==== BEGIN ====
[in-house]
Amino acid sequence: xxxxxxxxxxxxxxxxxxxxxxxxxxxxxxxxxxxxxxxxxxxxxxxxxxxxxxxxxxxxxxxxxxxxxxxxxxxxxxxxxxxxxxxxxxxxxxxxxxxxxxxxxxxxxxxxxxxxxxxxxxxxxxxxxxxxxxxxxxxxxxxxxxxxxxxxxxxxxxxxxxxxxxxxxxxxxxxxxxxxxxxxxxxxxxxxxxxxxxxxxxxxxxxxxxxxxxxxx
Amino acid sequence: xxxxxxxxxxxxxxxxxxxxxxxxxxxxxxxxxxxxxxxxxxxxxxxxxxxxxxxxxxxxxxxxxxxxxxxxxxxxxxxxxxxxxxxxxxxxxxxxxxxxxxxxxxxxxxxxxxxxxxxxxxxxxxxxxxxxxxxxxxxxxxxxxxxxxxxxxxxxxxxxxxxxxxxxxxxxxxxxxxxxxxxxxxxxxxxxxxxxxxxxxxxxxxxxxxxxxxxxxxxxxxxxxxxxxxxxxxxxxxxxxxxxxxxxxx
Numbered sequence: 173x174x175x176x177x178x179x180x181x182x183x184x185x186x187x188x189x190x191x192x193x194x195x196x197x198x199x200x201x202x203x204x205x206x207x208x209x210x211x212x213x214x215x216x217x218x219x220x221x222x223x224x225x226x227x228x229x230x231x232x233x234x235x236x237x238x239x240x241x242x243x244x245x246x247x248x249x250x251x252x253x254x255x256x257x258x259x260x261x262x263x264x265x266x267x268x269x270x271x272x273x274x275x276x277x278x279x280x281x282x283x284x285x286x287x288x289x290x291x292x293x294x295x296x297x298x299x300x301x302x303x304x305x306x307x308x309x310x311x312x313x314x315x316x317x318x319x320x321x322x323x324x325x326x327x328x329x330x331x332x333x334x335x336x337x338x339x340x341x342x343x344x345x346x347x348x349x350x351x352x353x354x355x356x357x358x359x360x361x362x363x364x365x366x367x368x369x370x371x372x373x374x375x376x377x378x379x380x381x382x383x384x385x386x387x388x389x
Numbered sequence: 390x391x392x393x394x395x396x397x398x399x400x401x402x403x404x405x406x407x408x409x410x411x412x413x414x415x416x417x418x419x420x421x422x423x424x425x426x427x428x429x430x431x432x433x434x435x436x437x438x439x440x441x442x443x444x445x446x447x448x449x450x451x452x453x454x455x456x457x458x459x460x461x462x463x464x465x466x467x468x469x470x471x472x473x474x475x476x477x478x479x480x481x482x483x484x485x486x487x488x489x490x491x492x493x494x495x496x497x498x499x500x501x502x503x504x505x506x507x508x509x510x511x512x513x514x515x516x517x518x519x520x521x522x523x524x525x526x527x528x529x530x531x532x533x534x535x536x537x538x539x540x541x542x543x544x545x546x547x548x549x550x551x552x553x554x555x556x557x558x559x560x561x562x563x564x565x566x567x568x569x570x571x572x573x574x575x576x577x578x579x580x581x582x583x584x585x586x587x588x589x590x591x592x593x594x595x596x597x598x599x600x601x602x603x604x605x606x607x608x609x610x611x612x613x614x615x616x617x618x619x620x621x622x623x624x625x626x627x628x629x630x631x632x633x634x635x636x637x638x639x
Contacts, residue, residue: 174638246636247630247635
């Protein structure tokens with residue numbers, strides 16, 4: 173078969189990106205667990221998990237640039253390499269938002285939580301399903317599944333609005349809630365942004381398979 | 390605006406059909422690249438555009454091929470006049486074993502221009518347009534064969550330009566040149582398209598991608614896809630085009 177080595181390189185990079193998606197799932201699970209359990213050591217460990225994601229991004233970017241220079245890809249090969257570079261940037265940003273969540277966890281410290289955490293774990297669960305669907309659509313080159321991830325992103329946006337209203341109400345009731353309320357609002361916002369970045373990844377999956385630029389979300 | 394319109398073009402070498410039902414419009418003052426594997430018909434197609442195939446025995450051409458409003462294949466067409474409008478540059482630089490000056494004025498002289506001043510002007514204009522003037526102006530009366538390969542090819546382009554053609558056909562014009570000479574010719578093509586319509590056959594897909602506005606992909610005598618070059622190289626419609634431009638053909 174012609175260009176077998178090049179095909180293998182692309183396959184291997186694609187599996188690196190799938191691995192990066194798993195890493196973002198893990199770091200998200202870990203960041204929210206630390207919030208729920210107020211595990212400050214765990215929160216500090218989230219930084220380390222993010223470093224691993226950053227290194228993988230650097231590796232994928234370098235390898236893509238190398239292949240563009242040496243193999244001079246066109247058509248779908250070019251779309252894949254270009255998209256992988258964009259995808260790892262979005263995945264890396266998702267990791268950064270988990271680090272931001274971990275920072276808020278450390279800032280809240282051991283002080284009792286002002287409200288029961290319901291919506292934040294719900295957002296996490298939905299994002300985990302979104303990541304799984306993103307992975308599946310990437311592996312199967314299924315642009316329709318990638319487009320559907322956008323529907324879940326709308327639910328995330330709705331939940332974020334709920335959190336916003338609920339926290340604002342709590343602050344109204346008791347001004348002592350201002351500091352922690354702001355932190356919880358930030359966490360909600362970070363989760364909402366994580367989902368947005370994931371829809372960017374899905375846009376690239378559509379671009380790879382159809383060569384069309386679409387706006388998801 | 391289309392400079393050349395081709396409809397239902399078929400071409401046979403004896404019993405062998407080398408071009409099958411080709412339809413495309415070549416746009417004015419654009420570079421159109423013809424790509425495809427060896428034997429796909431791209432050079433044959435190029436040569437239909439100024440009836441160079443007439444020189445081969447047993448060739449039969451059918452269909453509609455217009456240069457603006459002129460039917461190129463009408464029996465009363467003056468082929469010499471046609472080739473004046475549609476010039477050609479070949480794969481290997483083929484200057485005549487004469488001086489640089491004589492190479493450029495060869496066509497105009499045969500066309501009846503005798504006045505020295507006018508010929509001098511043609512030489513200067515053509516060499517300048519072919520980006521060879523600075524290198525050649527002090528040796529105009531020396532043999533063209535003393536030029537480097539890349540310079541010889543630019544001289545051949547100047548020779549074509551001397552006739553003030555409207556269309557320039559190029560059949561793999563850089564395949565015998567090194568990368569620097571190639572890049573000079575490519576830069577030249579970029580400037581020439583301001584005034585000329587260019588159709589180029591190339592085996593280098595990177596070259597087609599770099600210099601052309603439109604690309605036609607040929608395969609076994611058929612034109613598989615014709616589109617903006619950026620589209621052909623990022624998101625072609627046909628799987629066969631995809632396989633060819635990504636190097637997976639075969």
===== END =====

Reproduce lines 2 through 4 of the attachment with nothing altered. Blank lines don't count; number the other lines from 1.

Amino acid sequence: xxxxxxxxxxxxxxxxxxxxxxxxxxxxxxxxxxxxxxxxxxxxxxxxxxxxxxxxxxxxxxxxxxxxxxxxxxxxxxxxxxxxxxxxxxxxxxxxxxxxxxxxxxxxxxxxxxxxxxxxxxxxxxxxxxxxxxxxxxxxxxxxxxxxxxxxxxxxxxxxxxxxxxxxxxxxxxxxxxxxxxxxxxxxxxxxxxxxxxxxxxxxxxxxxxxxxxxxx
Amino acid sequence: xxxxxxxxxxxxxxxxxxxxxxxxxxxxxxxxxxxxxxxxxxxxxxxxxxxxxxxxxxxxxxxxxxxxxxxxxxxxxxxxxxxxxxxxxxxxxxxxxxxxxxxxxxxxxxxxxxxxxxxxxxxxxxxxxxxxxxxxxxxxxxxxxxxxxxxxxxxxxxxxxxxxxxxxxxxxxxxxxxxxxxxxxxxxxxxxxxxxxxxxxxxxxxxxxxxxxxxxxxxxxxxxxxxxxxxxxxxxxxxxxxxxxxxxxx
Numbered sequence: 173x174x175x176x177x178x179x180x181x182x183x184x185x186x187x188x189x190x191x192x193x194x195x196x197x198x199x200x201x202x203x204x205x206x207x208x209x210x211x212x213x214x215x216x217x218x219x220x221x222x223x224x225x226x227x228x229x230x231x232x233x234x235x236x237x238x239x240x241x242x243x244x245x246x247x248x249x250x251x252x253x254x255x256x257x258x259x260x261x262x263x264x265x266x267x268x269x270x271x272x273x274x275x276x277x278x279x280x281x282x283x284x285x286x287x288x289x290x291x292x293x294x295x296x297x298x299x300x301x302x303x304x305x306x307x308x309x310x311x312x313x314x315x316x317x318x319x320x321x322x323x324x325x326x327x328x329x330x331x332x333x334x335x336x337x338x339x340x341x342x343x344x345x346x347x348x349x350x351x352x353x354x355x356x357x358x359x360x361x362x363x364x365x366x367x368x369x370x371x372x373x374x375x376x377x378x379x380x381x382x383x384x385x386x387x388x389x